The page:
If there’s one thing that we all terribly missed during the pandemic-induced lockdowns, it was the ability to travel – so much so that even a trip to a grocery store induced excitement. And while some of us discovered our hidden talents of cooking, painting, or gardening, 24-year-old Siddhant Agarwal, based in Shahjahanpur, Uttar Pradesh, came up with the ‘Project HOPE’ under Original.
How did it all start?
During the first phase of lockdown in the year 2020, Agarwal, who was working as an event manager at a Delhi-based digital marketing firm, found himself back home in Shahjahanpur, a small town in the northern part of Uttar Pradesh. After two months of working in different departments of the company, in the month of June, he was sent on unpaid leave with a promise to be re-hired when the company found enough funds.
This was the beginning of a tough phase for him as for the first time in his adult life, he had nothing to do for a long period of time. He started feeling purposeless and unproductive, which pushed him into an unavoidable loop of overthinking. This was when he had an anxiety attack for the first time in his life.
“One night, I woke up at around 2 am with a feeling that something was about to happen to me. All the feelings that I had been bottling up for a good month and a half — all of it just came crashing down and suddenly I fell short of breath. Confused, I ran towards my terrace to get some air and sat there from 2 am to 7 am. I called a friend, who told me that it sounded like an anxiety attack. It was for the first time I felt something like that, but I knew then that I had to do something to occupy my time,” said the founder.
After spending a month listening to music, consuming content and working on feeling better, Agarwal decided to do something “honest” and unconquered in the digital field. That is when he started having conversations with people around him by asking them a simple question — ‘what do you miss the most during the lockdown?’
The most common response was travel. Confined to the four walls of their homes, people wanted to travel and explore different places but couldn’t.
Thus, while having a conversation with his sister, he stumbled upon the idea of sending a T-shirt on a world tour. “Initially I thought that it was a stupid idea but the more I thought about it, the more it started to make sense,” he said. Finally, in September 2020, the T-shirt went to explore its first destination — Singapore.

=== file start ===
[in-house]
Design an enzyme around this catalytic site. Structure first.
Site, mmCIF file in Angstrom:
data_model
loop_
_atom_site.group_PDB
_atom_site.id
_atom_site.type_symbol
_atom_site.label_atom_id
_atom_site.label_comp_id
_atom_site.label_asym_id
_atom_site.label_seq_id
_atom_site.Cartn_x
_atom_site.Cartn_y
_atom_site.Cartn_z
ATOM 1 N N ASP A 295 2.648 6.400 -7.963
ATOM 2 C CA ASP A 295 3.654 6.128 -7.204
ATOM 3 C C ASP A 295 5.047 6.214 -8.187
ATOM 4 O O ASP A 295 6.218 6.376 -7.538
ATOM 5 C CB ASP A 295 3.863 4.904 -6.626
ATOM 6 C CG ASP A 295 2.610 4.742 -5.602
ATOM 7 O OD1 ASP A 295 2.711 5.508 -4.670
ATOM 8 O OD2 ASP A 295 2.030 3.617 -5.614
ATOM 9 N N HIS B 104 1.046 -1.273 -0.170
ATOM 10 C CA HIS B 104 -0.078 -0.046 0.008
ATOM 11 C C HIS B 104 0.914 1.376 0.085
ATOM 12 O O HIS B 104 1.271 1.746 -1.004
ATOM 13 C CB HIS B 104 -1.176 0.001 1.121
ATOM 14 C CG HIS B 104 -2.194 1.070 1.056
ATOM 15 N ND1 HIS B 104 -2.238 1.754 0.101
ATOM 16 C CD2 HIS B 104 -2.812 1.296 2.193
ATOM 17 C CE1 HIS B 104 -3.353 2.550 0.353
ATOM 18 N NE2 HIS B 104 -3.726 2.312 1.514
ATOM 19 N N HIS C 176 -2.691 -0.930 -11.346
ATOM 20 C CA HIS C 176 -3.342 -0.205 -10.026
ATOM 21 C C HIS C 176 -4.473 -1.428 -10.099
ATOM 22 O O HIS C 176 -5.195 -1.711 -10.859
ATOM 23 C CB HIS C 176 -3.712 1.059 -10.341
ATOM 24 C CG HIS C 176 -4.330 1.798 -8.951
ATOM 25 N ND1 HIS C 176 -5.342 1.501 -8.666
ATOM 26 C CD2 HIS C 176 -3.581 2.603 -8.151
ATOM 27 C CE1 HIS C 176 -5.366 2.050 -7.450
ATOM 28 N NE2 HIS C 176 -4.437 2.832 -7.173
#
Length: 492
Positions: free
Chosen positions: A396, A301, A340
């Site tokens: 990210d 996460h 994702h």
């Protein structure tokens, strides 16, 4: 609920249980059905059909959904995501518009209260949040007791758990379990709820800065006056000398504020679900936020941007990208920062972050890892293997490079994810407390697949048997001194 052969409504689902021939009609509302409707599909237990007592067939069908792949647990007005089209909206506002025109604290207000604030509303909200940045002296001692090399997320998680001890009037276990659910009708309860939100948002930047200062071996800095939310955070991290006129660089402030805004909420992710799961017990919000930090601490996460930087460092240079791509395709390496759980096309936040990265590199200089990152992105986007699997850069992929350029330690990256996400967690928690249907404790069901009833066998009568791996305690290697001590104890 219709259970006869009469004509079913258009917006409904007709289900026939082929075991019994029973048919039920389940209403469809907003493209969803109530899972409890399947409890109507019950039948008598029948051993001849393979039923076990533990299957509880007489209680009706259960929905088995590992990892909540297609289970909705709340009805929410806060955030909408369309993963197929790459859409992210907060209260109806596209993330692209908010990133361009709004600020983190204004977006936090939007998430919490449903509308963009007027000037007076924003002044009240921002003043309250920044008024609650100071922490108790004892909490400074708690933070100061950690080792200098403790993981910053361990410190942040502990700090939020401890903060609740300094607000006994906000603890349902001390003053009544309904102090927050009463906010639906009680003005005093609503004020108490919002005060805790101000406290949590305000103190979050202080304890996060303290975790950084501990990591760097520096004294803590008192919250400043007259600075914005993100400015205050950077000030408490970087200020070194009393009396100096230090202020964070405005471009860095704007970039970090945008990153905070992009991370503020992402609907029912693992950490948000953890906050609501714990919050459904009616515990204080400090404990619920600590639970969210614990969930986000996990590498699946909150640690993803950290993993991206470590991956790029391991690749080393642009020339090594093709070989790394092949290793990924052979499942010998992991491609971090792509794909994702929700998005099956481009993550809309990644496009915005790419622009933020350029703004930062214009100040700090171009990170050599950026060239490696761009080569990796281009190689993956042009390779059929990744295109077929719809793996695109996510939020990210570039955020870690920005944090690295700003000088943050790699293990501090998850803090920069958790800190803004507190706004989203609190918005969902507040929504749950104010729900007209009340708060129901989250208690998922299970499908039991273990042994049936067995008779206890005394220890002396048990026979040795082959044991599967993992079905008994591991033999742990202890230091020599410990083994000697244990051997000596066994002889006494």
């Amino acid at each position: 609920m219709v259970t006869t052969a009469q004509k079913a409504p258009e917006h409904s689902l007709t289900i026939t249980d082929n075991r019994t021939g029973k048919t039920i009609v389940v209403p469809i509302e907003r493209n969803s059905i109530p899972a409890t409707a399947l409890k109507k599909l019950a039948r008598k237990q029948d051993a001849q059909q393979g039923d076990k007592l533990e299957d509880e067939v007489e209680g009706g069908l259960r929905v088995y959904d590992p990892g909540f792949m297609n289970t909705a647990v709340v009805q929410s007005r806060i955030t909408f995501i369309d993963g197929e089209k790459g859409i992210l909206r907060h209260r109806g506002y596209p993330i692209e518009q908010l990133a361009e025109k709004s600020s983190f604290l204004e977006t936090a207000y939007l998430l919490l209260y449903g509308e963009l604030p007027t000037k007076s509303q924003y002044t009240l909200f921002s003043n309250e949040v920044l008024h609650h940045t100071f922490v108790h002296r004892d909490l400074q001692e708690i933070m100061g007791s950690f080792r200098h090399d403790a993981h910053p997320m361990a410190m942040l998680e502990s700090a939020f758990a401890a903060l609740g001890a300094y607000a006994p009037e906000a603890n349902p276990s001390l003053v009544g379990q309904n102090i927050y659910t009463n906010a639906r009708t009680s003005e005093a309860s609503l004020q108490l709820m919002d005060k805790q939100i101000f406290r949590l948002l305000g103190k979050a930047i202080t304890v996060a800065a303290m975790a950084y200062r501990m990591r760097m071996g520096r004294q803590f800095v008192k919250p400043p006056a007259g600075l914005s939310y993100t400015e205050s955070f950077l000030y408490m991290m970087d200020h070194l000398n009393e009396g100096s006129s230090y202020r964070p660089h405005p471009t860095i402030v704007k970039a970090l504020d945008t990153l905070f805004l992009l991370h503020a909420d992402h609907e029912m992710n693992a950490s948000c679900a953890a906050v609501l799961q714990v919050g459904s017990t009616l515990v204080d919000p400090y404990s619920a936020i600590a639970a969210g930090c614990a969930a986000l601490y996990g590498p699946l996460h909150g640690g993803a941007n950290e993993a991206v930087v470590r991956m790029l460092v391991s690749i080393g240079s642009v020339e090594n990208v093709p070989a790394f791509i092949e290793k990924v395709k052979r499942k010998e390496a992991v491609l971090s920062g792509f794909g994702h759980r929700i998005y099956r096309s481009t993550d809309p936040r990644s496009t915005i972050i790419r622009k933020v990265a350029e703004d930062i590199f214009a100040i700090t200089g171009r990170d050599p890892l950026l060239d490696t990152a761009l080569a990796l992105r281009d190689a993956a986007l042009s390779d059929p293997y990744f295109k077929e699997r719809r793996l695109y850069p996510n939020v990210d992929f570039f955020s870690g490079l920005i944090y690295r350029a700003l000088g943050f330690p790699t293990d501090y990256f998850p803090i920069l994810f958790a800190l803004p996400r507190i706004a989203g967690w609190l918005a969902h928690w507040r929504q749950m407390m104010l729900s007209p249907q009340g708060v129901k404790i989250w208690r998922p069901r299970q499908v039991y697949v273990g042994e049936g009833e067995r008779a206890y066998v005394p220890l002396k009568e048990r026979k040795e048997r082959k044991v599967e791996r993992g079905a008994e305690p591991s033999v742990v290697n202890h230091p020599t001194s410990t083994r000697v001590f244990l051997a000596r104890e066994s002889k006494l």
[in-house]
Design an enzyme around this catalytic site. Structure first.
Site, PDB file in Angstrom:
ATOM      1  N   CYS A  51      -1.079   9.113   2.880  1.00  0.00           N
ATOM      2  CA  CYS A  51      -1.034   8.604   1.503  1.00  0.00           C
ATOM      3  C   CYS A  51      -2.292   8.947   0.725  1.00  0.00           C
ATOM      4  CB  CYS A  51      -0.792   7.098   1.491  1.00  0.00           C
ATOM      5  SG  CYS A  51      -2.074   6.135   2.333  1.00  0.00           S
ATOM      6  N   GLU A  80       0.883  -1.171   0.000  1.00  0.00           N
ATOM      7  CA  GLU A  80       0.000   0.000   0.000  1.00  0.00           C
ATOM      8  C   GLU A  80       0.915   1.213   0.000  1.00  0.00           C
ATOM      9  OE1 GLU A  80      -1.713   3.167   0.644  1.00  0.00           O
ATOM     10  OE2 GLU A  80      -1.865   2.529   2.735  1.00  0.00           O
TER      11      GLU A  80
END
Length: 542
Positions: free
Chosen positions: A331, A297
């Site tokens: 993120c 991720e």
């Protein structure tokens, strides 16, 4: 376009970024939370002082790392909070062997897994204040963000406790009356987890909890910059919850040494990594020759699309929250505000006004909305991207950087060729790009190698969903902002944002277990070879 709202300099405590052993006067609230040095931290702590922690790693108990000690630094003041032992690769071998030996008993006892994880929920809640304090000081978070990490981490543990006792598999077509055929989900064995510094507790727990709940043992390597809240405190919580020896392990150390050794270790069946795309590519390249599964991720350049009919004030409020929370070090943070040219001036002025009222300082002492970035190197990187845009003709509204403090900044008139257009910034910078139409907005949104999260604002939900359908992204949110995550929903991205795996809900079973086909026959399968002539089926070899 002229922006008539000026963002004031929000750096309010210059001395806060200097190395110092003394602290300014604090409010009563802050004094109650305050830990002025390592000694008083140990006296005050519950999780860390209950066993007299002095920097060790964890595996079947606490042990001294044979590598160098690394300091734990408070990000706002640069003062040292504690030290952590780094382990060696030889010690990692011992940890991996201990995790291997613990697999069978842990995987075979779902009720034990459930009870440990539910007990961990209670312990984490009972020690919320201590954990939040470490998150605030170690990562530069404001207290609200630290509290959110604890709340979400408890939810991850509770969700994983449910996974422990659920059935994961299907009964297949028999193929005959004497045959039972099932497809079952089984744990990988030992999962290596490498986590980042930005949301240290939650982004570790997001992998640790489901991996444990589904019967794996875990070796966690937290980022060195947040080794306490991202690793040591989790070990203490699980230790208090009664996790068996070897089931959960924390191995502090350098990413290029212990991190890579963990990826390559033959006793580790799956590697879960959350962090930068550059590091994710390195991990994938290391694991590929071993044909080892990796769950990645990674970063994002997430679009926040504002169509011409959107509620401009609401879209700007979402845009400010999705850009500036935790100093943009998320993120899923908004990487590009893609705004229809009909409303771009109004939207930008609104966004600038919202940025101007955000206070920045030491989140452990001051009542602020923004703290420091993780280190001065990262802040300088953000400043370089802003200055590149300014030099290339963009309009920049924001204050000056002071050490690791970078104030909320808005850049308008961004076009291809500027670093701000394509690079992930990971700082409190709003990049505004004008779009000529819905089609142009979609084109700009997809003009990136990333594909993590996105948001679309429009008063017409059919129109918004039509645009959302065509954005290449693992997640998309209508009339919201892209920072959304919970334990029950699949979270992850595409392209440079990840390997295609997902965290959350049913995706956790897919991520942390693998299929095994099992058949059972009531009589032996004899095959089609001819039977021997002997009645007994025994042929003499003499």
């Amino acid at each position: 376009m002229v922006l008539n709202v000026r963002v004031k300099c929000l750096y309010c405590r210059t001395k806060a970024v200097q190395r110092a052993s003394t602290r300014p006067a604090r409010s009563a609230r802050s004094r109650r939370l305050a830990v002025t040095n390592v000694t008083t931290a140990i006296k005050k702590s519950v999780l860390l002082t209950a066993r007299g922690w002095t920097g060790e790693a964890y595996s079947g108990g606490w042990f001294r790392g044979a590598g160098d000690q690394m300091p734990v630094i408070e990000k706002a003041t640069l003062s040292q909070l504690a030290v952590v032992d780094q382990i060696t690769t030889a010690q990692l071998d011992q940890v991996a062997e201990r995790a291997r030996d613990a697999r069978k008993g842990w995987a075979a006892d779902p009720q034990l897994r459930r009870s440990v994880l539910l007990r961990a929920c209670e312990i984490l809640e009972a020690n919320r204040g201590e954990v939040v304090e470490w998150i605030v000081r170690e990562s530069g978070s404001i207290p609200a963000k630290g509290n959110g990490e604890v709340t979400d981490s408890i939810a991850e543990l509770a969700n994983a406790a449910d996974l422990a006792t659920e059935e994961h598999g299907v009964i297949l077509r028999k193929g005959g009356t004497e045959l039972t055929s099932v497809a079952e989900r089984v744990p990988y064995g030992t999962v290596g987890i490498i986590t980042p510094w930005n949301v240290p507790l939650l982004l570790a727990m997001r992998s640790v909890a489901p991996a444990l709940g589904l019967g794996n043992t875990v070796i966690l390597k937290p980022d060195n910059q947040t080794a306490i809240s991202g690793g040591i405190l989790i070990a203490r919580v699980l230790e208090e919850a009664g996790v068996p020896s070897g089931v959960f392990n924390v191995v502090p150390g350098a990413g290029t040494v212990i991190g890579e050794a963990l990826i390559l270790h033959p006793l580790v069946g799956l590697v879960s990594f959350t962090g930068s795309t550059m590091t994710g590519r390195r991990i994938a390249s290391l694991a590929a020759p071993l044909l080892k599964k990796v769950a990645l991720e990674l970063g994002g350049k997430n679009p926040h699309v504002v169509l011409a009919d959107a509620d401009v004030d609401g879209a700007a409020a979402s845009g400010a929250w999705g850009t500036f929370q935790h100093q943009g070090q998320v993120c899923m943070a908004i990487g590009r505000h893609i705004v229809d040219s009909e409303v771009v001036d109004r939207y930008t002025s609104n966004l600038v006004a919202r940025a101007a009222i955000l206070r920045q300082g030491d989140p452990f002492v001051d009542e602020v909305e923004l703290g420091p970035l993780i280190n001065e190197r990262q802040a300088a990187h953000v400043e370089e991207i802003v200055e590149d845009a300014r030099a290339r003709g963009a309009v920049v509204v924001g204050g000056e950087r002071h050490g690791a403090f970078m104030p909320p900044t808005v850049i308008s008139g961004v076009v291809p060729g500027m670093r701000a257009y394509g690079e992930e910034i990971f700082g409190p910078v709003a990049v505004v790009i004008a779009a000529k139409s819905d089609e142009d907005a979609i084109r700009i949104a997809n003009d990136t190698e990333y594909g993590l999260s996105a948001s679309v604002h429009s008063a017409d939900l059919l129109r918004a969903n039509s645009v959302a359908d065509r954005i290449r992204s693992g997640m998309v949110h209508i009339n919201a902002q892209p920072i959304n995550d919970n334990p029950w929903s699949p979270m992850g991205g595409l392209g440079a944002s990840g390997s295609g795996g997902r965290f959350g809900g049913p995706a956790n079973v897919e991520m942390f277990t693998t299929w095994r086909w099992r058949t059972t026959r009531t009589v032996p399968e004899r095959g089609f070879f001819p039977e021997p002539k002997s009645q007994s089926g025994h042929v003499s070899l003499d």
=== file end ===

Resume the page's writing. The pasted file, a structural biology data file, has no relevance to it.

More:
Agarwal decided to send a plain black T-shirt on a world tour as a “beacon of hope”. When asked about why he chose to name his project ‘hope’, Agarwal said that while brainstorming with his sister, they stumbled upon the word ‘hope’ and it immediately struck a chord as “it sums up the entire idea behind the project”.
According to the founder, “she” [the travelling T-shirt] has been to various parts of the world, including Singapore, Hong Kong, Tokyo, Los Angeles, New York, Canada, and is currently in Nice. “She” has yet to travel to London, Barcelona, Amsterdam, Cape Town, Mumbai and finally New Delhi – the city where it all started from.
On being asked as to why he calls the T-shirt a “she”, he said, “I wanted the T-shirt to have a personality and an identity of its own. So, that way it’s not just an object going around a bunch of cities, it’s an entity that means something.”
Agarwal further added that he designed a logo that would go on the T-shirt and asked every creator that HOPE was visiting to wear it while filming their story. According to him, the design — two brackets facing each other — highlight two entirely opposite yet closely related feelings i.e. despair and hope or darkness and positivity, the two most prominent emotions that he was experiencing at a point in his life. Thus, those two brackets represent both those points in his life.
The message that he wants to send is “that better times are ahead of us, so just hang in there and stay hopeful and positive,” says Agarwal.
The traveling T-shirt
After making a list of all the places he wanted to visit, he reached out to various content creators, free-climbers, parkour artists, graffiti artists, skateboarders and vloggers based out of those areas. He would then send the T-shirt to the content creator and provide them with the address for the next destination. The content creators were asked to document unusual locations in their cities while wearing the T-shirt.
“It wasn’t easy to convince them initially as I had nothing to show them and couldn’t offer to pay them. But what I could offer them was creative freedom. And each one of them agreed to do this for free. And that’s when I realised that when you’re passionate about something, people agree to do things for you even for free,” said Agarwal.
At the end of the entire world tour, the founder said that he would like to put it to good use. He says, “I don’t want to keep it with myself. I would want to either auction it and use the money to make more content or send it with an expedition to the top of Mt. Everest and have it buried there.”
Drawing inspiration from works of people like Pranav Panpalia from OpraahFX, Aayushman Sinha from Represent and Ashwajeet Singh from Sleepy Owl Coffee, in future, the founder is planning to start a video content campaign under which he is going to make unscripted and non-fictional videos — that are going to be in-line with the trend but also different and more real.
“For instance, if I want to make a flood vlog featuring Dolma Aunty Momos, I won’t just go to her shop and shoot how she makes them. Instead, I would try and record an entire day of her life, followed by a personal interview with her,” he added. According to him, the idea behind the initiative is to narrate stories of regular people, to shine some light on stories that mostly go unheard.
Feature image credit: Siddhant Agarwal, founder of ‘Project HOPE’.